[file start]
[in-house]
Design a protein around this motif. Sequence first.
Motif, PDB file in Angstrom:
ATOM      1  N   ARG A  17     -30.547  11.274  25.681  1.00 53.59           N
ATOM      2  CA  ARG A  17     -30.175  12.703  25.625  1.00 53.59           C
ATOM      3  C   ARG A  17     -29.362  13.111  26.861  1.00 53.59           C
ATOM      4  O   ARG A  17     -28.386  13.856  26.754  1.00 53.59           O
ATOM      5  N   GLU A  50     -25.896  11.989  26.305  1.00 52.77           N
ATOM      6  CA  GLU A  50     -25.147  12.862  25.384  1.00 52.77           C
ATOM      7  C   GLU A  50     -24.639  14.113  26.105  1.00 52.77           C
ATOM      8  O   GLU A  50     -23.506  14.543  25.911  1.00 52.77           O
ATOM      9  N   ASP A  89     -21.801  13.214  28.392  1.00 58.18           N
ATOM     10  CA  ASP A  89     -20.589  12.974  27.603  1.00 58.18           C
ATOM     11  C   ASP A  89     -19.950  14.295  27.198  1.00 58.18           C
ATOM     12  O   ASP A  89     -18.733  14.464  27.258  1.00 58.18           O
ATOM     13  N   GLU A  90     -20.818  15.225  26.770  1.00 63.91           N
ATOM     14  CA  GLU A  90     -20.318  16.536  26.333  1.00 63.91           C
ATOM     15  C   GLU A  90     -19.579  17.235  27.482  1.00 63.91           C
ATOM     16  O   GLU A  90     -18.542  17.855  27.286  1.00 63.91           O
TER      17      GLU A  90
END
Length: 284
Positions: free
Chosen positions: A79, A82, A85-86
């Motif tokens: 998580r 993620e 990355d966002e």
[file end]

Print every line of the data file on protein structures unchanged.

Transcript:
[in-house]
Design a protein around this motif. Sequence first.
Motif, PDB file in Angstrom:
ATOM      1  N   ARG A  17     -30.547  11.274  25.681  1.00 53.59           N
ATOM      2  CA  ARG A  17     -30.175  12.703  25.625  1.00 53.59           C
ATOM      3  C   ARG A  17     -29.362  13.111  26.861  1.00 53.59           C
ATOM      4  O   ARG A  17     -28.386  13.856  26.754  1.00 53.59           O
ATOM      5  N   GLU A  50     -25.896  11.989  26.305  1.00 52.77           N
ATOM      6  CA  GLU A  50     -25.147  12.862  25.384  1.00 52.77           C
ATOM      7  C   GLU A  50     -24.639  14.113  26.105  1.00 52.77           C
ATOM      8  O   GLU A  50     -23.506  14.543  25.911  1.00 52.77           O
ATOM      9  N   ASP A  89     -21.801  13.214  28.392  1.00 58.18           N
ATOM     10  CA  ASP A  89     -20.589  12.974  27.603  1.00 58.18           C
ATOM     11  C   ASP A  89     -19.950  14.295  27.198  1.00 58.18           C
ATOM     12  O   ASP A  89     -18.733  14.464  27.258  1.00 58.18           O
ATOM     13  N   GLU A  90     -20.818  15.225  26.770  1.00 63.91           N
ATOM     14  CA  GLU A  90     -20.318  16.536  26.333  1.00 63.91           C
ATOM     15  C   GLU A  90     -19.579  17.235  27.482  1.00 63.91           C
ATOM     16  O   GLU A  90     -18.542  17.855  27.286  1.00 63.91           O
TER      17      GLU A  90
END
Length: 284
Positions: free
Chosen positions: A79, A82, A85-86
């Motif tokens: 998580r 993620e 990355d966002e």